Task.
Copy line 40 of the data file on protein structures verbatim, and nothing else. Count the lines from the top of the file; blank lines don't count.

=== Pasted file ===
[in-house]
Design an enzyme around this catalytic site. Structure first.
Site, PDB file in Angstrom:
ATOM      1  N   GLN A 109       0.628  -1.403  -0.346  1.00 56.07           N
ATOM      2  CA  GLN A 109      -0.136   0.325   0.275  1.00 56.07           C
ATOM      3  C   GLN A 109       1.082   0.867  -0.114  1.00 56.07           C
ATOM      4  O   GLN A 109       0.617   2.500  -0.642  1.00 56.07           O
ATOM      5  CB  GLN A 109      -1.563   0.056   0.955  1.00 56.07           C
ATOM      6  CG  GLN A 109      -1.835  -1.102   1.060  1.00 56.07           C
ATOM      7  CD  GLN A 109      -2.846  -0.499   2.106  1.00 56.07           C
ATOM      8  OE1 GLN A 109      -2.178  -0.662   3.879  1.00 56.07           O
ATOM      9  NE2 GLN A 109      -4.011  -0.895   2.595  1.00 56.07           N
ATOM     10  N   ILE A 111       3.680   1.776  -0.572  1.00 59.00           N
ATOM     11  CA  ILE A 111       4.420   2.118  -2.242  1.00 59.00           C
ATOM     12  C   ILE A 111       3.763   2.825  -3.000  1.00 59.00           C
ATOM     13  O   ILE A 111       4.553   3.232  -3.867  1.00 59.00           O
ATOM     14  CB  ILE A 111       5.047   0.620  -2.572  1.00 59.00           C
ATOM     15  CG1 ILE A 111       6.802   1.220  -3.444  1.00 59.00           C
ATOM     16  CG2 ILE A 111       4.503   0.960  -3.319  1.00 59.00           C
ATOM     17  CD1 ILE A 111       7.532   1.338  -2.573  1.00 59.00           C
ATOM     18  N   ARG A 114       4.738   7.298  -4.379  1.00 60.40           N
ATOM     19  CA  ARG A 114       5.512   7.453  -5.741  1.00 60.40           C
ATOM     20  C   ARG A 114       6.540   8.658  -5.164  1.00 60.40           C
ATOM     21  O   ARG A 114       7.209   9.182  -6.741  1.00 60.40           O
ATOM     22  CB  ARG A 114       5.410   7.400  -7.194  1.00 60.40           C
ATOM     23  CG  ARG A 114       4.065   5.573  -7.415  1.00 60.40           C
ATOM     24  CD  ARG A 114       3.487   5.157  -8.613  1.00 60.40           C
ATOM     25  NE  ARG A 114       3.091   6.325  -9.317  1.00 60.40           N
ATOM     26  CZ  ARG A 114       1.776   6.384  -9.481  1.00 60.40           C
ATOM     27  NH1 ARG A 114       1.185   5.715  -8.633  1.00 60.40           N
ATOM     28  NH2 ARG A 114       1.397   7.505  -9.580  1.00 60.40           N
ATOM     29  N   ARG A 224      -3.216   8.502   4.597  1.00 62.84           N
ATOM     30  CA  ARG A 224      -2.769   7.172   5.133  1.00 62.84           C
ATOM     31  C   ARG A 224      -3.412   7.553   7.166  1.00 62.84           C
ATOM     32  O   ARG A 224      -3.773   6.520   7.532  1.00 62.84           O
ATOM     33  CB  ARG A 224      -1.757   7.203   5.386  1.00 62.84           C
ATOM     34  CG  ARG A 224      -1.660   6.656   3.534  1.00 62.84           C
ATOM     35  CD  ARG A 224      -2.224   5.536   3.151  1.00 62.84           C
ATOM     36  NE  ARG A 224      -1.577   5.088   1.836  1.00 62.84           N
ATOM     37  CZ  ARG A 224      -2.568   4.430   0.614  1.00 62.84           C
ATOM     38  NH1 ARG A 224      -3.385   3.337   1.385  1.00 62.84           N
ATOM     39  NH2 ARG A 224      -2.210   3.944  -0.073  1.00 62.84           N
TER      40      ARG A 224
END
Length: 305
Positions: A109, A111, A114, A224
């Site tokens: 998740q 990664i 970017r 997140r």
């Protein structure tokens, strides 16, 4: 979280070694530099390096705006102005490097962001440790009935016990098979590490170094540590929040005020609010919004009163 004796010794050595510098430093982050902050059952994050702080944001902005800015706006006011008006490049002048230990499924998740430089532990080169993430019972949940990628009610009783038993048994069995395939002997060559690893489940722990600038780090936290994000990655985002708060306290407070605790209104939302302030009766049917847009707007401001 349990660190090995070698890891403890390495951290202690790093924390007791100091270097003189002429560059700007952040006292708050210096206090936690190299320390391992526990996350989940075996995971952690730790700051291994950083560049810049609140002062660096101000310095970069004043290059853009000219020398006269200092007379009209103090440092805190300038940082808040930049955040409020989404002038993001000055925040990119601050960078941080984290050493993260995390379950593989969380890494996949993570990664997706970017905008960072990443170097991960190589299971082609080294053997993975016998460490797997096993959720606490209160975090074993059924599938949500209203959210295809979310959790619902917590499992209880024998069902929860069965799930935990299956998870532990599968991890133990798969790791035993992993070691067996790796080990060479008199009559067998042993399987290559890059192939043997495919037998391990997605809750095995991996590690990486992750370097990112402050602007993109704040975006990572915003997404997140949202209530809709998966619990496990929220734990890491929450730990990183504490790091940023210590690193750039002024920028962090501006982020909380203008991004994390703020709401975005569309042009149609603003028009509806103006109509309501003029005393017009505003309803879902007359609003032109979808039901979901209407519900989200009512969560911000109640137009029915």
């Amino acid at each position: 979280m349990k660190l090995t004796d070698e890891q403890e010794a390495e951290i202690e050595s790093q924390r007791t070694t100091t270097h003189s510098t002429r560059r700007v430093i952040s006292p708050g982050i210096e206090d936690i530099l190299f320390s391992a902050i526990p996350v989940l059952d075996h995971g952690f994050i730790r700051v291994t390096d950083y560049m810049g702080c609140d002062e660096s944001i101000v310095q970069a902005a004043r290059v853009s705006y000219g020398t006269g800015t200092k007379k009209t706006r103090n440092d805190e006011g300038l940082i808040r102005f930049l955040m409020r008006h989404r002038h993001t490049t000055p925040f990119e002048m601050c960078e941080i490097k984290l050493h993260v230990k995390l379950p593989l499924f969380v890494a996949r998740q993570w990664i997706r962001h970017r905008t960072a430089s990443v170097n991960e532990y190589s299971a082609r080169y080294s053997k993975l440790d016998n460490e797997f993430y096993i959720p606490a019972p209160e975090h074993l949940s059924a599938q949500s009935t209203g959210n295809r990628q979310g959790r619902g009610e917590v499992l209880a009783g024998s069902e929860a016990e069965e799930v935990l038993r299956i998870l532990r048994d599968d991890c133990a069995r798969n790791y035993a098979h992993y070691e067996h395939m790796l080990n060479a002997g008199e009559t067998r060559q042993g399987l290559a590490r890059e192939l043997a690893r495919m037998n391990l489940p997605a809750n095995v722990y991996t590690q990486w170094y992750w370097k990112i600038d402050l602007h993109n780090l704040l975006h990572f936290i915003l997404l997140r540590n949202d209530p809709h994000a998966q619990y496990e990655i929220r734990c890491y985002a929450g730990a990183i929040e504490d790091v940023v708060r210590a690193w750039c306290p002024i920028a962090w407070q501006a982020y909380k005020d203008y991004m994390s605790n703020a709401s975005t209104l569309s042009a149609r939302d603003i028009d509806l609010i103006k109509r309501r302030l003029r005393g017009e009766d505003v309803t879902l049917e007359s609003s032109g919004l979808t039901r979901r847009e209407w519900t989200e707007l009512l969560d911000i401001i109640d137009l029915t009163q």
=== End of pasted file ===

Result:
ATOM     37  CZ  ARG A 224      -2.568   4.430   0.614  1.00 62.84           C